At that point she’d lower the temperature on the dial (was it 250º? less?), put the cover on it, and walked away. An hour or so later, the alcohol was cooked out, the chicken was falling-off-the-bone soft and ready for the family. Sometimes she would serve it with rice, but more often than not, white Wonder bread was the accompaniment.

Her cast iron pan was still the item used for Sunday morning French toast, pancakes, eggs and creamed toast, but if braised meat was on the menu, the electric frying pan got the job.

Did your mom have an electric frying pan, boomers? If so, what was her favorite thing to cook in it?

Boomers Sipped Through Paper Straws

Boomers remember sipping all sorts of juices, milk, soft drinks and milkshakes through paper straws, but the invention of the paper straw goes back to the century before the Baby Boom. The story goes that one day, inventor Marvin Stone was sipping a mint julep through the type of straw that was used at the time — a stalk of rye grass. Stone saw that the plant-based material left residue and a gritty taste to whatever the person was drinking, so he thought about creating another method. He spiral-wrapped paper around a tube, glued it and received a patent for the first paper straw in 1888. Later, he improved on his design by switching to manila paper and coating it with paraffin wax. His invention quickly became the standard world wide. In 1937, the bendy straw, also made of paper, joined the regular straw and — other than a few innovations on glues, gluing production methods, and food-safe inks for printing on them — remained relatively unchanged when baby boomers took their first sips through straws.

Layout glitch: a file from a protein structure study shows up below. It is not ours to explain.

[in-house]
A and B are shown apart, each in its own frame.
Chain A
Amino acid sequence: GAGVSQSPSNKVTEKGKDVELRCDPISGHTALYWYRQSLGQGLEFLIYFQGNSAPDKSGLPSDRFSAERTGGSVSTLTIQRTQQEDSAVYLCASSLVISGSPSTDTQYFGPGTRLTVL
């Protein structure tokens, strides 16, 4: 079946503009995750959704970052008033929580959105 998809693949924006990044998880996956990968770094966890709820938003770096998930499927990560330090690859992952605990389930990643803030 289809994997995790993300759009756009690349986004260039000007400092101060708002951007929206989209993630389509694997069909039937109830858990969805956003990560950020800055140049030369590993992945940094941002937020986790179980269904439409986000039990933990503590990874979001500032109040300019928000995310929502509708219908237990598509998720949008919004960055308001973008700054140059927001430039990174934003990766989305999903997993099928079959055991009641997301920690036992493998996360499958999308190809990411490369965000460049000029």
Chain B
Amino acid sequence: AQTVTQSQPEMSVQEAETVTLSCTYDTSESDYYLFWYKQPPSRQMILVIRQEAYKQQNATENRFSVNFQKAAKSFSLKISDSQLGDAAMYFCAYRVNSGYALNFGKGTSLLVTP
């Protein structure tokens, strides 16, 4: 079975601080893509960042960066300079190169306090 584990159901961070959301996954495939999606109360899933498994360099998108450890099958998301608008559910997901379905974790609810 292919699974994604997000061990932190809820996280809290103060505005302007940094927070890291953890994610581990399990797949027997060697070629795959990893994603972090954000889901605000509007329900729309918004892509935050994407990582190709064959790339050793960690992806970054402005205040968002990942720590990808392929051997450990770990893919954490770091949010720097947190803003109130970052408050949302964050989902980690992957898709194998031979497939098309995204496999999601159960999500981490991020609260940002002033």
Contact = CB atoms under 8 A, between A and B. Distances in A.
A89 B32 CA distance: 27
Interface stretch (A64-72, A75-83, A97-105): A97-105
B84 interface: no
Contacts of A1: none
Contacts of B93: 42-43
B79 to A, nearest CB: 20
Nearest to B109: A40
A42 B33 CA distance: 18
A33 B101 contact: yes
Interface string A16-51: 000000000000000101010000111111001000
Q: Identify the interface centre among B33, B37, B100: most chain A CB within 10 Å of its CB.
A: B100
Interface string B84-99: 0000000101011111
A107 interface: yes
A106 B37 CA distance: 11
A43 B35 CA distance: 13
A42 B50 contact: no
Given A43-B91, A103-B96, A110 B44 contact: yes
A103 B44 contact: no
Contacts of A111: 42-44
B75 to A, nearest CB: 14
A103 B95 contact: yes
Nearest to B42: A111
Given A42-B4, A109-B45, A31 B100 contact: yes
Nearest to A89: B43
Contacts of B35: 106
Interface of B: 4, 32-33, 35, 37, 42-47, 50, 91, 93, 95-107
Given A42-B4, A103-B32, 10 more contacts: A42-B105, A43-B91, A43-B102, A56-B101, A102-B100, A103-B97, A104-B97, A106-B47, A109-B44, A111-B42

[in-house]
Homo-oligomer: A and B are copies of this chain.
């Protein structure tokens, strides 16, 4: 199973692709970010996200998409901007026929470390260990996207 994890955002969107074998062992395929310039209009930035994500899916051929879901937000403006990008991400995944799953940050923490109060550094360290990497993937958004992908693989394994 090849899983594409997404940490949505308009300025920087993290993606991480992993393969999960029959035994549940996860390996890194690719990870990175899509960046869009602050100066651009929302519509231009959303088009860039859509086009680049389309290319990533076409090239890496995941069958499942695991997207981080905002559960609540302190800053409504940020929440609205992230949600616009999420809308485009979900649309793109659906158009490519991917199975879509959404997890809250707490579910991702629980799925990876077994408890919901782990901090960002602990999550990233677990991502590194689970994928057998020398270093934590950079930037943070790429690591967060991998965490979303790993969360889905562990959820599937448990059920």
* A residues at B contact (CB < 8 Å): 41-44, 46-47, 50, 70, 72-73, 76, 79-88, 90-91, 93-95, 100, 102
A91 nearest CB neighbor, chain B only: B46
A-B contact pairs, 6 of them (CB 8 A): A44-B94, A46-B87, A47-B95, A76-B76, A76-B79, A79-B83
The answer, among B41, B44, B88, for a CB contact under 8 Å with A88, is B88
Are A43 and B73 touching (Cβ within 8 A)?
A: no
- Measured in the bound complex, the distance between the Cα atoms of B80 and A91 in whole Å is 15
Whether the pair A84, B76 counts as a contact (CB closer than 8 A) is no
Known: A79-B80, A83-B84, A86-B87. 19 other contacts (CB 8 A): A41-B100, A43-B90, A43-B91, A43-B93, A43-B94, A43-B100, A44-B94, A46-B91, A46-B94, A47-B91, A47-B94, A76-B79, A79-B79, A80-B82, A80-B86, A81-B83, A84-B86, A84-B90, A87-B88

Yet after 80 years, all was not settled in the straw industry. Like the character in The Graduate said to Dustin Hoffman, the world was moving toward “plastics.” The first plastic straws began to appear when Krazy Straws were introduced in 1960. These plastic straws were invented when some glass-blowing students bent glass tubing into twisty shapes, and began drinking from them in their studio.

Young boomers latched on to the novelty of these twisted tubes of colorful plastic, though many reused them again and again thanks to moms who washed them after each use, but the plastics cat was out of the bag. Plastic straws were cheaper to make and therefore cheaper for the rising fast food industry. One by one, soda fountains replaced their bendy and paper straws with plastic, and by the mid-70s, plastic had replaced the paper straw as king of the hill.